Risks on the PCT in Washington

When considering the risks of backpacking the PCT, I think its misleading to only look at thru hiker incidents on the PCT. I think the better data for evaluating risk is to look at backpacker incident data in the cascade range in Washington State. Unfortunately filtering the data in that way is very difficult, so I have provided some state-wide information and some information specific to the PCT.

#1). Falling off the trail

The number one cause of death or injury on the PCT, by a lot, is falling off the trail. The PCT is a crest trail with many miles of dramatic drop-offs.

The last death on the WA PCT was in 2018 when a woman fell off the trail immediately south of Kendall Katwalk.

#2). Drowning in a creek

The number two cause of death is drowning during a creek crossing. Use extreme caution in all creek crossings.

One hiker was found drowned in 2" of water (possibly a seizure or a fall). Try not to cross alone. You might wait for another hiker to come and then cross with them. When you cross with a backpack you should have the waist strap and the chest strap unbuckled so you can escape the pack if you are under water.

Other more rare risks

Aside from those top two causes of injury or death, these other causes are much more rare and are also more weather dependent.

Animal attacks

++++ No PCT hiker in WA has ever reported an attack by a wild animal ++++

The animal most likely to bite you while you are hiking is another hikers dog.

For context, you are more likely to be struck by lightning while hiking than you are to be attacked by a wild animal. In the last 30 years, four people have been killed by lightning in WA (Washington has the least human lightning strikes of any state in the US.)

Cougars (aka mountain lions)

Cougar attacks on humans are extremely rare. The WDFW estimates WA has 2,000 cougars. In the last 100 years there have been 20 human injuries by cougars and two deaths in WA, one in 1924 and one in 2018. Many victims have been children. None have been on the PCT.

Note, The Issaquah Zoo has a number of native cougars. If you have not seen one up close, I recommend it. These animals are very much lions.


Grizzly bears are much more likely to attack a human than a black bear. The very few grizzly bears in WA are close to the Canadian border. Most bears in WA are black bears. The WDFW estimates there are 25K to 30K black bears in WA. That should give you some idea of how often there must be non-eventful encounters between hikers and bears. There have only been five bear attacks on humans in WA in the last 100 years, only one fatal. Two were children, one was a hunter injured by a bear she shot, one was a biker with an unleashed dog. This is consistent with continental black bear attack statistics: most often a shot bear attacking a hunter, a bear chasing a dog back to its owner, or a child. Bear attacks are trending up overall in N. America, but are still extremely rare.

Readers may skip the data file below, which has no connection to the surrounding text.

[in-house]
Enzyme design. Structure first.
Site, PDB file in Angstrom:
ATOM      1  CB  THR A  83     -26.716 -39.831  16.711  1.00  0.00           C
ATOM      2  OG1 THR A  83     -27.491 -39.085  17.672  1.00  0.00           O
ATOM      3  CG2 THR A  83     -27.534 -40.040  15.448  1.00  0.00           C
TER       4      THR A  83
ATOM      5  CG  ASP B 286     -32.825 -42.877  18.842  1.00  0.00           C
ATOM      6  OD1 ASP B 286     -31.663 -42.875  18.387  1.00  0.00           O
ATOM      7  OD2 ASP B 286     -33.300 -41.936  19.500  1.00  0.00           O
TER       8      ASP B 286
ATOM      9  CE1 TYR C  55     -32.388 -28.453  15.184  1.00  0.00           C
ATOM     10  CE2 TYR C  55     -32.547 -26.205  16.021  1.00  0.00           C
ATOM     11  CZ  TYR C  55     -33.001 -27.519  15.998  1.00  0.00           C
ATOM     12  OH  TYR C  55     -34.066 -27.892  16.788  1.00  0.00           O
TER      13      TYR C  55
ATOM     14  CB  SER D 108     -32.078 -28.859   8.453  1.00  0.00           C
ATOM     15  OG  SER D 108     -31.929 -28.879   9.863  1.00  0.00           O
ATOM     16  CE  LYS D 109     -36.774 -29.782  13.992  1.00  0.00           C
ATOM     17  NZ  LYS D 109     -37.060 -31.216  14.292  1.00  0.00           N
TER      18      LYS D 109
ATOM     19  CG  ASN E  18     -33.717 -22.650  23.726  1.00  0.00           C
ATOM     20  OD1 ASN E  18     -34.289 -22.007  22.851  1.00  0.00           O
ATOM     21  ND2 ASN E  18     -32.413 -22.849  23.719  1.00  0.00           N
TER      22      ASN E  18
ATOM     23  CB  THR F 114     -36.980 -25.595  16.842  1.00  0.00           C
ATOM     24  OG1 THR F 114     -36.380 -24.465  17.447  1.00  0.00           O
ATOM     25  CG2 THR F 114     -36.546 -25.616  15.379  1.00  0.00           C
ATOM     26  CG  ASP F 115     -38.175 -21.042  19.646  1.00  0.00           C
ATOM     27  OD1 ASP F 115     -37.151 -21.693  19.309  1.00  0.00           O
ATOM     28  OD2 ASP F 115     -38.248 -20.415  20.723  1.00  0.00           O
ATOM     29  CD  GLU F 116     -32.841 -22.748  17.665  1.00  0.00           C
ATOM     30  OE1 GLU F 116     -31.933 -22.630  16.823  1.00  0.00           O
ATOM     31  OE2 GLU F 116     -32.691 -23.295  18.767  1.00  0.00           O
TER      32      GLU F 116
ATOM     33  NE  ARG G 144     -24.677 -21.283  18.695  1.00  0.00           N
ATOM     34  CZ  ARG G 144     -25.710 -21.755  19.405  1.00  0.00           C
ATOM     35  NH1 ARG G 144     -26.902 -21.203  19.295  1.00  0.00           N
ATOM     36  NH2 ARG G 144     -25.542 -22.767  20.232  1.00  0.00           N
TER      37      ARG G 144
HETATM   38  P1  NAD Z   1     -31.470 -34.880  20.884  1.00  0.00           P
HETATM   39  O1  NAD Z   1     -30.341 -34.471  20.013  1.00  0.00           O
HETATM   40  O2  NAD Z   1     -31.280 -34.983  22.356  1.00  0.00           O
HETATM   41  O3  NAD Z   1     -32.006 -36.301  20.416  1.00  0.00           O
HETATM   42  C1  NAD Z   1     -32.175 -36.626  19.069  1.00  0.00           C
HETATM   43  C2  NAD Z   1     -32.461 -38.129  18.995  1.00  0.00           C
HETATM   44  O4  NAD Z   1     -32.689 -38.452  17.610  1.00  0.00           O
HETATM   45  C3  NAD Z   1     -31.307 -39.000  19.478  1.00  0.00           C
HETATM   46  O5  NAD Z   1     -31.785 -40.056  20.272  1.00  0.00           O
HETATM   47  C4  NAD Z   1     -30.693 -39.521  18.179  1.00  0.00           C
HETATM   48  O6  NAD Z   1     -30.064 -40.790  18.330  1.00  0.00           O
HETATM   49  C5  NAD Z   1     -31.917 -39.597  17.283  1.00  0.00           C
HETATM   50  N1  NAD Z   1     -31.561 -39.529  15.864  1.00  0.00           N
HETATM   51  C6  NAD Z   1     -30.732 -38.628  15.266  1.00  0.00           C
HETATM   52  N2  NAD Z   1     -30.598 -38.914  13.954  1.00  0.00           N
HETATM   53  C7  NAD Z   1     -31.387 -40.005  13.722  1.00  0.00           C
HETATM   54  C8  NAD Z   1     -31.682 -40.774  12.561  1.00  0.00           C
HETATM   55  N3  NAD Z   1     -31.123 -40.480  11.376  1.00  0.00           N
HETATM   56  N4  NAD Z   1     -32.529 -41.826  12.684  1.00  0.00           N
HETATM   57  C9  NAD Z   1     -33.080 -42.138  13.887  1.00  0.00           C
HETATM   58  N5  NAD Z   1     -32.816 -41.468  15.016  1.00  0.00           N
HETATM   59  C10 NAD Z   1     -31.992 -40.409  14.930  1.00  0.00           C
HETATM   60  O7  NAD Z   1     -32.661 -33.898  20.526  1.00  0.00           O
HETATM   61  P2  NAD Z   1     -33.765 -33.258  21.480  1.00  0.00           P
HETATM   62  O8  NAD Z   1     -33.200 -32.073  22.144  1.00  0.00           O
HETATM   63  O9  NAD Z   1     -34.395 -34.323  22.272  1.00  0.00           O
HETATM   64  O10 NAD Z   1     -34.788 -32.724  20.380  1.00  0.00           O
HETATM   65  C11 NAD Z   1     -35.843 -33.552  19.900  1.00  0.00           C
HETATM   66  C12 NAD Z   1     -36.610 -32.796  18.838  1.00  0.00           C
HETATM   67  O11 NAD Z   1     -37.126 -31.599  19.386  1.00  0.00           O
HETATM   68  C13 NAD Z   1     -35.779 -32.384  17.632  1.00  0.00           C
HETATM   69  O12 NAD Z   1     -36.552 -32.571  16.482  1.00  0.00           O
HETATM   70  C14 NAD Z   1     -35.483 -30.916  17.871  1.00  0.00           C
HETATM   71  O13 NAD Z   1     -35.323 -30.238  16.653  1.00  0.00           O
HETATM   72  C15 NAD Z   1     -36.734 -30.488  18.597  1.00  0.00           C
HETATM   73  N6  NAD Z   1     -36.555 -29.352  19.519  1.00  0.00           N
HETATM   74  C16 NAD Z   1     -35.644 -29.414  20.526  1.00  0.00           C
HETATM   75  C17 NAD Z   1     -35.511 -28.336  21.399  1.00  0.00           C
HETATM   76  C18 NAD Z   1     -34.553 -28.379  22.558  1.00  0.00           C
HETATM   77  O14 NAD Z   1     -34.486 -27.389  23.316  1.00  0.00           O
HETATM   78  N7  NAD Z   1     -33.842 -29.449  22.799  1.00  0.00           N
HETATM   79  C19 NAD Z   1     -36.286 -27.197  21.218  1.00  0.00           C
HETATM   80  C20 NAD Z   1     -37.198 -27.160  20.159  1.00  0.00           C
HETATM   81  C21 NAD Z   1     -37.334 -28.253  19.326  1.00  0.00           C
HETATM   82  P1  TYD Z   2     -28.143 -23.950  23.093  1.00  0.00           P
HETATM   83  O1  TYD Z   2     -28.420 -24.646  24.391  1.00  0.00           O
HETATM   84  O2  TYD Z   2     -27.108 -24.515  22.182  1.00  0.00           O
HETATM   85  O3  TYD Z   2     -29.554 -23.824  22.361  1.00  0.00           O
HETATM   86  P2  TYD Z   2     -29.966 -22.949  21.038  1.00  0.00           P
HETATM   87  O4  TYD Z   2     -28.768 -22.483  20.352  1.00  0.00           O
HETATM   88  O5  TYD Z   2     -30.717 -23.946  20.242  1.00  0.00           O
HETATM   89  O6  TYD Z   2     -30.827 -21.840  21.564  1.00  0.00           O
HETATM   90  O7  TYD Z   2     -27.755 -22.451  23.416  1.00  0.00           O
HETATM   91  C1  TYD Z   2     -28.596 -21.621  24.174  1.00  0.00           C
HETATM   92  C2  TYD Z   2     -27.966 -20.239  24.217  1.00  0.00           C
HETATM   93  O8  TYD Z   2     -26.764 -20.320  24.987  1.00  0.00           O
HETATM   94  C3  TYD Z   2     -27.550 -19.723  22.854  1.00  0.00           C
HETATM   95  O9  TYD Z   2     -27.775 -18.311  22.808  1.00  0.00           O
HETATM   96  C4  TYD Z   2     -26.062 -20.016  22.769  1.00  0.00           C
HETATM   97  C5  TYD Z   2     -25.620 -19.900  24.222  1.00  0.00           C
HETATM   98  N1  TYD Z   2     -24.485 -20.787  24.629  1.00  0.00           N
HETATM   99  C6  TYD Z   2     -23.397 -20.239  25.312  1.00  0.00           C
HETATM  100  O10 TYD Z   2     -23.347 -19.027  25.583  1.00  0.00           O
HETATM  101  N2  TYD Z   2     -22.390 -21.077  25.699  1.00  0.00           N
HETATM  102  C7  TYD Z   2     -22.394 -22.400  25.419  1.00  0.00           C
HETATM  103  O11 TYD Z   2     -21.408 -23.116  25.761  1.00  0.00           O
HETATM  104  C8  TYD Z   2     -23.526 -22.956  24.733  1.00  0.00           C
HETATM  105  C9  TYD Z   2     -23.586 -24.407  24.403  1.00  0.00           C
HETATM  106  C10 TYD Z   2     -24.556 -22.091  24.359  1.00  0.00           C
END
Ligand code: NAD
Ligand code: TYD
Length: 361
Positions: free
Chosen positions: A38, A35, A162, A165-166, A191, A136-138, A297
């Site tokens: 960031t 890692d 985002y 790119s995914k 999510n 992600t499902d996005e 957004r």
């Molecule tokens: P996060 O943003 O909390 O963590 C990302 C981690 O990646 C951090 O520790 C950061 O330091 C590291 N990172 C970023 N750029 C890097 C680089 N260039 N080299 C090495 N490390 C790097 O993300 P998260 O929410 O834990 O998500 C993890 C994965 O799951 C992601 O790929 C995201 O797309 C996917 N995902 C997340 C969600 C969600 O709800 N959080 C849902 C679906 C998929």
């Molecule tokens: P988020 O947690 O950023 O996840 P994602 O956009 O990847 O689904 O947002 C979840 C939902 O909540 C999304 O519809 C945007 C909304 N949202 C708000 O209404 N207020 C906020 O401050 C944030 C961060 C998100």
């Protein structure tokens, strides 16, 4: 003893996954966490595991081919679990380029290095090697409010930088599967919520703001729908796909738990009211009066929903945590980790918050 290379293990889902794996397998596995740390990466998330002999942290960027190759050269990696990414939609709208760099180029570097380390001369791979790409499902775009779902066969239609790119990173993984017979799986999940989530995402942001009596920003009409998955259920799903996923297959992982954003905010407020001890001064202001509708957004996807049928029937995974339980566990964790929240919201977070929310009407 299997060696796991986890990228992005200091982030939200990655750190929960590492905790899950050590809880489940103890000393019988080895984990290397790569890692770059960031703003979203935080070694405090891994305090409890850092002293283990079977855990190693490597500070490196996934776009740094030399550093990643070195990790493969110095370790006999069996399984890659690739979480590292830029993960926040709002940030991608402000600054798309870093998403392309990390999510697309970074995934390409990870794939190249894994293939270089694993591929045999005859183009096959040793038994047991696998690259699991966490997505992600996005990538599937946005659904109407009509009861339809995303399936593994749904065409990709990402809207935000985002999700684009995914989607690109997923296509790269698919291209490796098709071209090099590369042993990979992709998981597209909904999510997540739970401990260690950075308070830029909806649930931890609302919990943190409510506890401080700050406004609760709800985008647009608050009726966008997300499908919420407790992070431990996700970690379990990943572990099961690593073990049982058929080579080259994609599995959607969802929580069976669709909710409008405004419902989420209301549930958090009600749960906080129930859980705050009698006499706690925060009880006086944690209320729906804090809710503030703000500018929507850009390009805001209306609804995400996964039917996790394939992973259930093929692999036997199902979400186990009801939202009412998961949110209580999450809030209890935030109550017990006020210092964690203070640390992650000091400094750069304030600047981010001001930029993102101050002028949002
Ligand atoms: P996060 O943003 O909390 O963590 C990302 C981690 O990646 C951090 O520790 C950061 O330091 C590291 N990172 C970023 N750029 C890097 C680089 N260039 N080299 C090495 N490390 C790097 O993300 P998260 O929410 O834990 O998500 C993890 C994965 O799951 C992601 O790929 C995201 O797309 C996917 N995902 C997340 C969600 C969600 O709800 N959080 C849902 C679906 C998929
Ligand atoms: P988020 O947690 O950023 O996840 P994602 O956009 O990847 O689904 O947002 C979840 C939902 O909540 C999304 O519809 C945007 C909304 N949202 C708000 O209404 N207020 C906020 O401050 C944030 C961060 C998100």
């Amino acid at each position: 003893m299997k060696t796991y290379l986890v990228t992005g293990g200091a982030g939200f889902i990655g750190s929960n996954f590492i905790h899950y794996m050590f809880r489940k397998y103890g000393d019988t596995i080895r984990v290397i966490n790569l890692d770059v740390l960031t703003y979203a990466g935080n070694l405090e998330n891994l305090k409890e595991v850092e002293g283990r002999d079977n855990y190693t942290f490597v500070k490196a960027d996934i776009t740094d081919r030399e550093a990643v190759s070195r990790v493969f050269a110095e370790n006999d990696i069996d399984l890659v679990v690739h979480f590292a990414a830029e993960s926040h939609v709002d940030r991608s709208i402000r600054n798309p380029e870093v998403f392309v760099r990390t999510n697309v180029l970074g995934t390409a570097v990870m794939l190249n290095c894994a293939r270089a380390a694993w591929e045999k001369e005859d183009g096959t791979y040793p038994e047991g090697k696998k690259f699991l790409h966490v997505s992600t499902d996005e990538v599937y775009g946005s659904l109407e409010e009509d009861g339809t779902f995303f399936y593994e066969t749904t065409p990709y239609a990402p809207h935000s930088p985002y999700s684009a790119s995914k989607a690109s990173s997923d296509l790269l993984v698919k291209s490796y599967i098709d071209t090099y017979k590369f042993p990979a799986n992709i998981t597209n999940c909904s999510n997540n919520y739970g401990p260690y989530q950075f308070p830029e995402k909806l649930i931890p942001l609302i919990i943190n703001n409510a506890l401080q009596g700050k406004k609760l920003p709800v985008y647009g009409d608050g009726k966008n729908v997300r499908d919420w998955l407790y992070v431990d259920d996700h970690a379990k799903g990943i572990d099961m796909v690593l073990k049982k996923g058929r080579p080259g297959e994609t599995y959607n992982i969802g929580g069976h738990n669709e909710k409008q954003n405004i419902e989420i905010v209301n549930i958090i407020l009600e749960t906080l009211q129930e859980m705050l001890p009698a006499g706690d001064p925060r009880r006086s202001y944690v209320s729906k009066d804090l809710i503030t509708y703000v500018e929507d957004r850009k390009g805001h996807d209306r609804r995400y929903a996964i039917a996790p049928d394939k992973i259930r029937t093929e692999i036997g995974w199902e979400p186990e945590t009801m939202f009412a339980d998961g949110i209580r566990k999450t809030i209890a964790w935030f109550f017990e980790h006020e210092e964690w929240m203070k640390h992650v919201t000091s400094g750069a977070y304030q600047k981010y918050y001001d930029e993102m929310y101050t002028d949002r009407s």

No wild wolf has attacked a human in the continental US in the past 100 years. Sadly they have been so mercilessly hunted there are less than 200 in the entire state. You are unlikely to ever come near one.


Coyotes are abundant. No wild coyote has attacked a human, but they are happy to go after your dog or make a snack of your cat. I love seeing coyotes, I think they are beautiful.

Murder Hornets

More an interesting development than a PCT risk: Last year two murder hornet nests were found and destroyed in Washington just south of the Canadian border, west of North Cascades National Park.

Fun fact #1: Men are 80% more likely to be attacked by bees, wasps, or hornets. I interpret this to mean the men are 80% more likely to piss off animals than women.

Fun fact #2: Men are 86% more likely to be struck by lightning. I interpret this to mean the men are 86% less likely to avoid lightning than women.